University of South Florida

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What’s the connection between literacy and climate change? How teachers can introduce eco-justice literacies into their classrooms

For USF faculty member Alexandra Panos, her work is about more than growing the literacy level of today’s students—it’s about providing young learners with the information they need to make sense of the world around them and have a positive impact on their communities.

“Literacy is necessary to understand the word and understand the world,” she said, citing critical literacy educator Paulo Freire. “That means, as literacy educators, as people who care about the literacies of the population of folks around the globe, we need to be thinking about the kinds of issues people need to understand deeply and how those issues are communicated.”

Alexandra Panos

Alexandra Panos, PhD

Panos, PhD, is an assistant professor of Literacy Studies and affiliate faculty in Measurement and Research at the University of South Florida. Her research interests include critical, disciplinary, and media literacy, spatial and geographic dimensions of education and the complex interdependencies of schools and their communities. Her recent scholarship explores how literacy educators can guide students through the study of climate change and how the literacy field can take an active role in addressing climate justice moving forward.

Panos says the world we are living in today is one of climate crisis. She gave examples of recent climate events, such as wildfires in California and Oregon, rising sea levels in Florida and the devastating hurricanes that impacted Central America and the Gulf states last year, and explained that because these events are happening in our communities now, educators need to develop skills that prepare them to teach about these issues and help students interpret the information they’re reading about them online.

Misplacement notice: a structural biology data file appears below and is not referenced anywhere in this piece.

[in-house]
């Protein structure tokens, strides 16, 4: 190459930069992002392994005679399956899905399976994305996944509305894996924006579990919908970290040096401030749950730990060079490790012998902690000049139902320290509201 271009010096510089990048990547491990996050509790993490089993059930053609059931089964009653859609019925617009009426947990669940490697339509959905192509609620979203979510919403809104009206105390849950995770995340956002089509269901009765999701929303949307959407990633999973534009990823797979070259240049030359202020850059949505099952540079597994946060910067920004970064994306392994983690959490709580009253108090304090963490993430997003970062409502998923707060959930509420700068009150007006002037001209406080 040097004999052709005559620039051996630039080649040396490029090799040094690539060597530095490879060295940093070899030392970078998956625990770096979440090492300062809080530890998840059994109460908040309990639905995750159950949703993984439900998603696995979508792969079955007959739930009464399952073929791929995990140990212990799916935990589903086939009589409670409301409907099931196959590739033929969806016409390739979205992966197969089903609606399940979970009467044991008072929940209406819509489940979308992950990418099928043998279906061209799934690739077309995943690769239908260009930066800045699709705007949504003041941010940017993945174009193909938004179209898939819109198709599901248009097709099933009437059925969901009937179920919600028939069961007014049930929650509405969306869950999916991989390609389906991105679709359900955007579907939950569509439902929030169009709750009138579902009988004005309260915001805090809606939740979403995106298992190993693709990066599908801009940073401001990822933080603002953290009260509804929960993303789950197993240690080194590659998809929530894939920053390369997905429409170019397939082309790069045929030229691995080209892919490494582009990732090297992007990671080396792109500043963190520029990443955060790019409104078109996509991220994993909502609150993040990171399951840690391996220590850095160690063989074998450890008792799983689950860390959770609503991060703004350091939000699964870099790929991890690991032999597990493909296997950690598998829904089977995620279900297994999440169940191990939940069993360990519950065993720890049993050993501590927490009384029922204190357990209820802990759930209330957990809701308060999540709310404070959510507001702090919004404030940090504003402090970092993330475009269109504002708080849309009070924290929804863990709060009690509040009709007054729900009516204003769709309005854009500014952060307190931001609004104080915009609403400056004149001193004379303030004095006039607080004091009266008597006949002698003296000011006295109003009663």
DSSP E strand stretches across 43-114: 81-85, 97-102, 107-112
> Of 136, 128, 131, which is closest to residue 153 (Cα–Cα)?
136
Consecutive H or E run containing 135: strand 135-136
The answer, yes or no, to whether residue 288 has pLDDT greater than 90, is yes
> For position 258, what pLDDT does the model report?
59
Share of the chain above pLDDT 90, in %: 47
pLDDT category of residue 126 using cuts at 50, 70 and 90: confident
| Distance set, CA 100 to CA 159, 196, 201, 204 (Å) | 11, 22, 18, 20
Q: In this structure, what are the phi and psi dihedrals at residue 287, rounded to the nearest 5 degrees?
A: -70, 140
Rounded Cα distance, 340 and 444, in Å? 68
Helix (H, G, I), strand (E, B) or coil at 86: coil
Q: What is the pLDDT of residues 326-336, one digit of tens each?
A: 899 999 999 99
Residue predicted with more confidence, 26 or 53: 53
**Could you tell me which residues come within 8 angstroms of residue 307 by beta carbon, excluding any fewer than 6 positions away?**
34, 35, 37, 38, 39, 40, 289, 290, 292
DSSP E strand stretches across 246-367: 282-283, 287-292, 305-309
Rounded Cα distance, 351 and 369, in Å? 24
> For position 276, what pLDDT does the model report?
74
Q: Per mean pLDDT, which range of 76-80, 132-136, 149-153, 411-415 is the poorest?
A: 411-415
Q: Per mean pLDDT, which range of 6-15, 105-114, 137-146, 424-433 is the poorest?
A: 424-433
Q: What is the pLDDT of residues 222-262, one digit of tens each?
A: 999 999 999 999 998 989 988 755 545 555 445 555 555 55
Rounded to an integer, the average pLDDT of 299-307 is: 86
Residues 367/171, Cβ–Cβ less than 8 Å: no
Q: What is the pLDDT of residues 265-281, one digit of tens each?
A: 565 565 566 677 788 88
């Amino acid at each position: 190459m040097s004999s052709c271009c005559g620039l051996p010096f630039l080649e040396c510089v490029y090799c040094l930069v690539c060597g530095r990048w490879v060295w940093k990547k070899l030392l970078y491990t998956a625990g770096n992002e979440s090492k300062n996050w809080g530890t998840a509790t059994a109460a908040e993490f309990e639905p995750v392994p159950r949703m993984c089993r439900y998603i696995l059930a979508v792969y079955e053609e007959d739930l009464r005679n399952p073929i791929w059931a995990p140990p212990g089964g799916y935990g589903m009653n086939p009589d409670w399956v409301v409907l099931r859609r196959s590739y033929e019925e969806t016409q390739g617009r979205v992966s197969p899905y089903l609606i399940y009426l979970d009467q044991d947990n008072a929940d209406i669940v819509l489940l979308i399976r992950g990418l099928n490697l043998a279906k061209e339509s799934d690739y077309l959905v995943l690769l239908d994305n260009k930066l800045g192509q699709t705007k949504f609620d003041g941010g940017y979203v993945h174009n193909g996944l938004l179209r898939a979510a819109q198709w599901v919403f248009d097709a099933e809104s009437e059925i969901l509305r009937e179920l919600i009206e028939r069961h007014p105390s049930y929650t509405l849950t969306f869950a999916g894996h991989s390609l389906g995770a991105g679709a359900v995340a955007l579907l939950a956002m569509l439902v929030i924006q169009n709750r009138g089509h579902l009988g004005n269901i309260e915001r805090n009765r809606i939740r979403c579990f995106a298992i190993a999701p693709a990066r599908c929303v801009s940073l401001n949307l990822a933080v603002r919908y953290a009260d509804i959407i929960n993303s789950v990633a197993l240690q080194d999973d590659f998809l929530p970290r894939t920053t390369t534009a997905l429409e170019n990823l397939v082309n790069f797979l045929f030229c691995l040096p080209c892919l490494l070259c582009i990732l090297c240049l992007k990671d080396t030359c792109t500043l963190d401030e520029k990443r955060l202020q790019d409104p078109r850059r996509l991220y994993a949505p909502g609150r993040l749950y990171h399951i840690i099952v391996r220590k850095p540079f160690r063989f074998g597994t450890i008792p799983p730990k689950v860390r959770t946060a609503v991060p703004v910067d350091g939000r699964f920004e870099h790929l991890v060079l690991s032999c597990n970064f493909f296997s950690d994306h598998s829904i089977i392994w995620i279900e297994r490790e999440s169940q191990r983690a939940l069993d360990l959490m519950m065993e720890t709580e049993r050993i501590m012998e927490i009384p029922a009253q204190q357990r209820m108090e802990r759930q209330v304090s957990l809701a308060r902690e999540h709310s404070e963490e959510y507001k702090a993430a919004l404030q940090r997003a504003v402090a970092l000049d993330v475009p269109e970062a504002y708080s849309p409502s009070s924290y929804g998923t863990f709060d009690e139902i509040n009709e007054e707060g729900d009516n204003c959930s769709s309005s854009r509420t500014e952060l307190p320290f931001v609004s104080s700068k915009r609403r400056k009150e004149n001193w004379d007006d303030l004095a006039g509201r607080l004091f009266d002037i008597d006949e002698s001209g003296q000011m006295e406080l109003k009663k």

“When we don’t have a literacy level around climate change, we do not have a literate public in terms of climate change impact,” Panos said. “The effects of climate change will continue to be and continue to compound upon those who are most vulnerable in our communities—no matter how deep those communities’ understanding of climate change is.”

Panos argues in her work that it is all of our responsibilities to deepen our understanding of the climate crisis. Previous research has found that the effects of climate change are felt most profoundly by underserved populations and front-line communities, such as those living in poverty, communities of color, women and indigenous peoples.

In her current work, Panos strives to amplify the expertise and needs of all communities by collaborating with educators who introduce controversial public interest issues like climate change into their classrooms. She helps teachers in local schools select texts, develop lesson plans and facilitate students’ discussions about the topics they’re studying and how they connect to their everyday lives.

Panos has also taken her passion and expertise for this topic and developed a new graduate course at USF titled “Eco-Justice Literacies.” The course will launch next spring as part of a new online graduate certificate in Digital and Transdisciplinary Literacies, a program developed by faculty in the College of Education’s Literacy Studies Program.

As someone who is passionate about addressing climate change and working with young people to protect the environment, Panos says teachers must be provided with the knowledge and skills they need to embed these topics into their curriculum.

“What I believe is that the climate crisis is an intersectional issue of justice,” Panos said. “To fully address issues of justice, the climate crisis has to be on the table.”